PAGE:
Church Building Plans – The New Paradigm

By • on May 14, 2008 • Filed under: Church Design

I am really exited over the relationships we have built with a number of church builders and architects. However, the relationships I am the most stoked over today are those with 3 forward looking architectural firms (who all have a heart for the church) that I believe are driving a paradigm shift in how many churches will go through the design process.

As I have previously noted, it is possible for churches to get church building plans from previous building programs for a fraction of the cost of design from scratch. Granted, these plans need to be modified for local conditions and building codes, but the church is able to save approximately half of the cost of their church design by starting with existing plans.

There are three distinct advantages, in addition to cost savings, in starting with existing church plans:

It saves time. It is much easier (read faster) to pick out an existing plan rather than try to go through the give and take process of trying to explain it to an architect. It is much like picking out a suspect from a lineup instead of trying to describe them to sketch artist.

Using existing, or stock, building plans also allows you to get an accurate construction cost early in the process from working drawings that cost as little as $2,995 – as opposed to spending 10’s of thousands (or more) to get to the same point designing from scratch, especially when the vast majority of churches cannot afford to build the plans that the architect typically provides in the first pass.

Likewise, you can start the preliminary plan approval process sooner with the city or county, again, without having to invest months and tens of thousands of dollars to get this process rolling.

In addition, existing church building plans are a definitive point for identifying what changes the church would like to make. I always say “it ain’t yours ’till you mess with it”, and this is certainly true of church plans. By limiting changes to interior walls and not changing the fundamental structure of the building, these changes will not make a significant impact on the overall cost or invalidate the preliminary cost estimate. Once the church has made all the red-line changes they feel they need, the architect can give them a quote on turning those uncertified plans into final, sealed construction documents, usually at 40-60% less than the traditional design process.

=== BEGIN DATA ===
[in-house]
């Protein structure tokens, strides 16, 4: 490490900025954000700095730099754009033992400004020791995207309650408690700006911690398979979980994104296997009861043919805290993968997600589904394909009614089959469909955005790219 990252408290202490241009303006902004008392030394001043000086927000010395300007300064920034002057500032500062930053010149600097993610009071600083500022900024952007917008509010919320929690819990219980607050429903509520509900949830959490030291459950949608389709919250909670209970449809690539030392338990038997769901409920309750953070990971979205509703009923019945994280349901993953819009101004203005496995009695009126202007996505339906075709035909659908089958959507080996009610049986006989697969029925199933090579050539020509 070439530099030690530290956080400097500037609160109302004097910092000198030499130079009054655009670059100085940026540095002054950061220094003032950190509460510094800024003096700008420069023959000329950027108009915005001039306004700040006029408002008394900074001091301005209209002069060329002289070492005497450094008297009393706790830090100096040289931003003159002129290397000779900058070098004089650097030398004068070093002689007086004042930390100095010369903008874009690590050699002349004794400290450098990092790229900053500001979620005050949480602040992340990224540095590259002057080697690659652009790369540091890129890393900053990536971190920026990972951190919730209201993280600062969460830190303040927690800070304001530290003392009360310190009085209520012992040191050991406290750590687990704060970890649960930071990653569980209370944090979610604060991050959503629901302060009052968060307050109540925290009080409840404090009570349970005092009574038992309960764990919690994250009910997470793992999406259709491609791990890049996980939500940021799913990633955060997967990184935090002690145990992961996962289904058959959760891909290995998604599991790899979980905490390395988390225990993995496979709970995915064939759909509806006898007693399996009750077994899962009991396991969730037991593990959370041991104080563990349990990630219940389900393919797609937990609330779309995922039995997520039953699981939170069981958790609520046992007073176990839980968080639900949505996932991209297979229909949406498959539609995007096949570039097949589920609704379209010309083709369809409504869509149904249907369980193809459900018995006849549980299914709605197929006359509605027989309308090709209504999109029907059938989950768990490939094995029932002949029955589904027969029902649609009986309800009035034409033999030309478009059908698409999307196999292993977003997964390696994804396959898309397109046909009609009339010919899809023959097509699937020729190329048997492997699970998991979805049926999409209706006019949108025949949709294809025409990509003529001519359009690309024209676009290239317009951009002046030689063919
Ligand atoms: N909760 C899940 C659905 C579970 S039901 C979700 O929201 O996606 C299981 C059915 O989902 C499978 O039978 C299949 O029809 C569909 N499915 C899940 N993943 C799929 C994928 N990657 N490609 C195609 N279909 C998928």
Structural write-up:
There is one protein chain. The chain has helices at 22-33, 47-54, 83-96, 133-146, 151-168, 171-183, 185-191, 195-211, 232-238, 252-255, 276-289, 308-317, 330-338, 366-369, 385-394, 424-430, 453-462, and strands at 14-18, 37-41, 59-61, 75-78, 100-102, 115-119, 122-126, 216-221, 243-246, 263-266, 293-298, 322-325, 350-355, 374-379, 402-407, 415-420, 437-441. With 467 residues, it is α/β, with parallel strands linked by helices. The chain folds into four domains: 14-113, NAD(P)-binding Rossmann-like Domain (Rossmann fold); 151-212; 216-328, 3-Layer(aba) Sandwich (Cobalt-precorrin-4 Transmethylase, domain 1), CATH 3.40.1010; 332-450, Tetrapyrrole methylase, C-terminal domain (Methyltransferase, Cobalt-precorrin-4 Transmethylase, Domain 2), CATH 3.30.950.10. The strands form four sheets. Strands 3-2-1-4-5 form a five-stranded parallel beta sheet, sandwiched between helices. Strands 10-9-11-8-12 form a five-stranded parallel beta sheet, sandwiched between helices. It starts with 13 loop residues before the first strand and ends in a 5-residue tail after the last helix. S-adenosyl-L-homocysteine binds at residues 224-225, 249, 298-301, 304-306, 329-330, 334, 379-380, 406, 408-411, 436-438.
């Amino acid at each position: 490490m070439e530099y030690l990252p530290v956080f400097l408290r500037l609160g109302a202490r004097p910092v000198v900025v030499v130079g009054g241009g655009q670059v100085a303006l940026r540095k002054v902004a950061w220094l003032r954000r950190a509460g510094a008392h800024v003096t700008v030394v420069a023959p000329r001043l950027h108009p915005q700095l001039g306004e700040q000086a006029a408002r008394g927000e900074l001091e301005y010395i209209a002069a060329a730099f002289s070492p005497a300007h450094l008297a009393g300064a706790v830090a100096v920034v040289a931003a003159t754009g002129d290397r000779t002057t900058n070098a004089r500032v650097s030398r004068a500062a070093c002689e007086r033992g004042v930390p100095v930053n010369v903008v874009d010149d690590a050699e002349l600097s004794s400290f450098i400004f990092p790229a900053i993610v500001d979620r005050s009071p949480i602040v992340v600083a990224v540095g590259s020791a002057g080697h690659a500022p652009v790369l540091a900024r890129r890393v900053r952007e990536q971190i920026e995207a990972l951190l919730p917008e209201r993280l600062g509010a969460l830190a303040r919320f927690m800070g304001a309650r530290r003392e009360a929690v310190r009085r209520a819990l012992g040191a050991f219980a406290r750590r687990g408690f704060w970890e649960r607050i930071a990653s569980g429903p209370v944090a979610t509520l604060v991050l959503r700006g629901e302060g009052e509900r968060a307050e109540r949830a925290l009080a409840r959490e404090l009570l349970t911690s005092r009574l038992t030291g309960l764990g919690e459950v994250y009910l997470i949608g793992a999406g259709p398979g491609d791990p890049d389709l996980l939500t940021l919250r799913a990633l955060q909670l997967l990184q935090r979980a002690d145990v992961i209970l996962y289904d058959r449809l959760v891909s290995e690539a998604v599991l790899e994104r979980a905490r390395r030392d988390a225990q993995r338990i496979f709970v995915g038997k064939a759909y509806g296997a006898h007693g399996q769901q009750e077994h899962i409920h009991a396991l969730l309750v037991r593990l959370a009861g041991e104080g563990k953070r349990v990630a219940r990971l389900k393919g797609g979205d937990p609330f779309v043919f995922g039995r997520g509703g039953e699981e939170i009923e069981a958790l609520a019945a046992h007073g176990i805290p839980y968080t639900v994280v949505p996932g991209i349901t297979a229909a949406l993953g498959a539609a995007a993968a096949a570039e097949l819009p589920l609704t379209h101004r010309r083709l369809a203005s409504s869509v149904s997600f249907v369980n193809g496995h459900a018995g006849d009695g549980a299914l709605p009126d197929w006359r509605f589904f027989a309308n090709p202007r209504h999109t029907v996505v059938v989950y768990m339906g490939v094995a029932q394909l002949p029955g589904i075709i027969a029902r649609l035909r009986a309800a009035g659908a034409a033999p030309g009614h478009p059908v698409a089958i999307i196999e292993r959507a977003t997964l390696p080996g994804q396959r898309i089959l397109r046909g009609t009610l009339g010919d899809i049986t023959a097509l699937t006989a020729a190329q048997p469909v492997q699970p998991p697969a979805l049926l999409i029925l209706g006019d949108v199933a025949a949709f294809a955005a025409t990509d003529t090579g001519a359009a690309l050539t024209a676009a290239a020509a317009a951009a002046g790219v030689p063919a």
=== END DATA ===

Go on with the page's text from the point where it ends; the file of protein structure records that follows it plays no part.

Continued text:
As a church building consultant I recommend that any church should at least investigate this option as part of their due diligence. To make it even easier, we offer a church plan search service at no cost to the church. We have a close working relationship with all three of these industry changing firms and we would be please to help you find the right church building plan for your church

Next post, I will show how this fits into a larger strategy that I consider just about the best way to design and build a church.


  1. Don Lovell says:

    Be careful, you may be leading people down a dead end road. About the only use for existing plans is to see a model. The Universal building code changed recently and one of the largest impacts is a relaxing of fire proofing with a corresponding increase in exit corridors. By using existing plans you could be selecting a sub-optimum plan. In addition unless the plans are available in DWF format they have to be redrawn. And lastly it is very difficult to get a legitimate architect to copy rather then create. That leaves you with a draftsman as the most likely candidate to take on this type of work. They do not have the expertise to do church architecture.

  2. SteveA says:

    Thanks for the comment.

    I appreciate your good intentions, and I agree that using existing plans is good for seeing options and reducing design time. The balance of your comments, while well meaning, are based on invalid assumptions and a lack of understanding of the process as it works here in the States.

    The use of existing plans is not exactly new, and has demonstrated that it can easily reduce the time and the cost to produce certified plans, often trimming months and tens of thousands of dollars off the process.

    The firms I know that do this are church architects of good, and legitimate, reputation. Church plans are provided as AutoCad files with a one-time right to use license that permits any architect licensed in that state to modify the plans without violating copyright. I agree that it is unethical for one architect to copy the work of another, without their permission. However, the local architect is doing the work with the permission and license from the originator of the plans. The derivative work becomes the intellectual property of the local architect provided “substantial change” has been made to the plan. The local architect will make such changes as requested by the church and required by local building code in order to seal the plans.

    To be perfectly honest, however, the architect that can make the changes the fastest and easiest (translate cheapest) is usually the one that designed the plans in the first place. The church, however, has a choice and the option to shop around to find if someone else (qualified) will do the work at a better rate – if so, praise the Lord. As you should be aware, a draftsman cannot seal plans, so that is not a real concern. As to your last point, I have seen a lot of architects that did not have the expertise to do church architecture. I assume that you are a fine architect of Canadian churches, but I am sure you have seen the work of some who were not.